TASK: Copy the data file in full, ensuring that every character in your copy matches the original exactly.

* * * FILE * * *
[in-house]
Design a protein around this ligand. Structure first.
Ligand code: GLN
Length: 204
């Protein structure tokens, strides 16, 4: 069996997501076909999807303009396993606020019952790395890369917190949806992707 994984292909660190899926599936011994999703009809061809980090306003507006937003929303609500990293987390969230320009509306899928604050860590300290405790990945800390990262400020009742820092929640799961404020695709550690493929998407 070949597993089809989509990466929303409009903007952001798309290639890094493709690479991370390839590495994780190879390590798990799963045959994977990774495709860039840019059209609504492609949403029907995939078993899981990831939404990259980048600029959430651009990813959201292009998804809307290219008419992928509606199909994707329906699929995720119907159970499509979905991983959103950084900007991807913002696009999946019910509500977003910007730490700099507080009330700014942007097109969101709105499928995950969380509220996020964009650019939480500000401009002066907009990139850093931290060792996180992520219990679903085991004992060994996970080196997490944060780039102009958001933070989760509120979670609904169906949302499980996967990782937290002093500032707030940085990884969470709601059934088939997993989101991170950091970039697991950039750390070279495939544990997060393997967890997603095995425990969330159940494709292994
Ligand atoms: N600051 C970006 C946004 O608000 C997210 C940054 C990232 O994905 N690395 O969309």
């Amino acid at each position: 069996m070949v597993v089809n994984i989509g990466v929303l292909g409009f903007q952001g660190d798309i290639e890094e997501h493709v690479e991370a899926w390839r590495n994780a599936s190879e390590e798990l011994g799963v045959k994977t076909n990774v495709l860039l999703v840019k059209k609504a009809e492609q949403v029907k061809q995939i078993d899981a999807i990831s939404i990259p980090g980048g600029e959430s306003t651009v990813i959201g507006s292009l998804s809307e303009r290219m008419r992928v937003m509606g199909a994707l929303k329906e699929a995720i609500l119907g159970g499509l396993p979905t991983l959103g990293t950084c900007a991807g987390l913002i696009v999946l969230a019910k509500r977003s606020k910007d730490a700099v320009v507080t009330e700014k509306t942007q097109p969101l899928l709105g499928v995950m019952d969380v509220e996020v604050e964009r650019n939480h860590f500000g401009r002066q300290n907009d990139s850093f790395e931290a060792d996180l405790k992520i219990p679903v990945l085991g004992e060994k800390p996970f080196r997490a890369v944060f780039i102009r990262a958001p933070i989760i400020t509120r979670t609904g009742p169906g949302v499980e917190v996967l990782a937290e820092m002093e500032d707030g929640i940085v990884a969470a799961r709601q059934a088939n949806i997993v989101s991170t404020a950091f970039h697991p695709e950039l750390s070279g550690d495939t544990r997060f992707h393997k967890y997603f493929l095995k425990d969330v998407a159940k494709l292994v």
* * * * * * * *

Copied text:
[in-house]
Design a protein around this ligand. Structure first.
Ligand code: GLN
Length: 204
């Protein structure tokens, strides 16, 4: 069996997501076909999807303009396993606020019952790395890369917190949806992707 994984292909660190899926599936011994999703009809061809980090306003507006937003929303609500990293987390969230320009509306899928604050860590300290405790990945800390990262400020009742820092929640799961404020695709550690493929998407 070949597993089809989509990466929303409009903007952001798309290639890094493709690479991370390839590495994780190879390590798990799963045959994977990774495709860039840019059209609504492609949403029907995939078993899981990831939404990259980048600029959430651009990813959201292009998804809307290219008419992928509606199909994707329906699929995720119907159970499509979905991983959103950084900007991807913002696009999946019910509500977003910007730490700099507080009330700014942007097109969101709105499928995950969380509220996020964009650019939480500000401009002066907009990139850093931290060792996180992520219990679903085991004992060994996970080196997490944060780039102009958001933070989760509120979670609904169906949302499980996967990782937290002093500032707030940085990884969470709601059934088939997993989101991170950091970039697991950039750390070279495939544990997060393997967890997603095995425990969330159940494709292994
Ligand atoms: N600051 C970006 C946004 O608000 C997210 C940054 C990232 O994905 N690395 O969309």
């Amino acid at each position: 069996m070949v597993v089809n994984i989509g990466v929303l292909g409009f903007q952001g660190d798309i290639e890094e997501h493709v690479e991370a899926w390839r590495n994780a599936s190879e390590e798990l011994g799963v045959k994977t076909n990774v495709l860039l999703v840019k059209k609504a009809e492609q949403v029907k061809q995939i078993d899981a999807i990831s939404i990259p980090g980048g600029e959430s306003t651009v990813i959201g507006s292009l998804s809307e303009r290219m008419r992928v937003m509606g199909a994707l929303k329906e699929a995720i609500l119907g159970g499509l396993p979905t991983l959103g990293t950084c900007a991807g987390l913002i696009v999946l969230a019910k509500r977003s606020k910007d730490a700099v320009v507080t009330e700014k509306t942007q097109p969101l899928l709105g499928v995950m019952d969380v509220e996020v604050e964009r650019n939480h860590f500000g401009r002066q300290n907009d990139s850093f790395e931290a060792d996180l405790k992520i219990p679903v990945l085991g004992e060994k800390p996970f080196r997490a890369v944060f780039i102009r990262a958001p933070i989760i400020t509120r979670t609904g009742p169906g949302v499980e917190v996967l990782a937290e820092m002093e500032d707030g929640i940085v990884a969470a799961r709601q059934a088939n949806i997993v989101s991170t404020a950091f970039h697991p695709e950039l750390s070279g550690d495939t544990r997060f992707h393997k967890y997603f493929l095995k425990d969330v998407a159940k494709l292994v």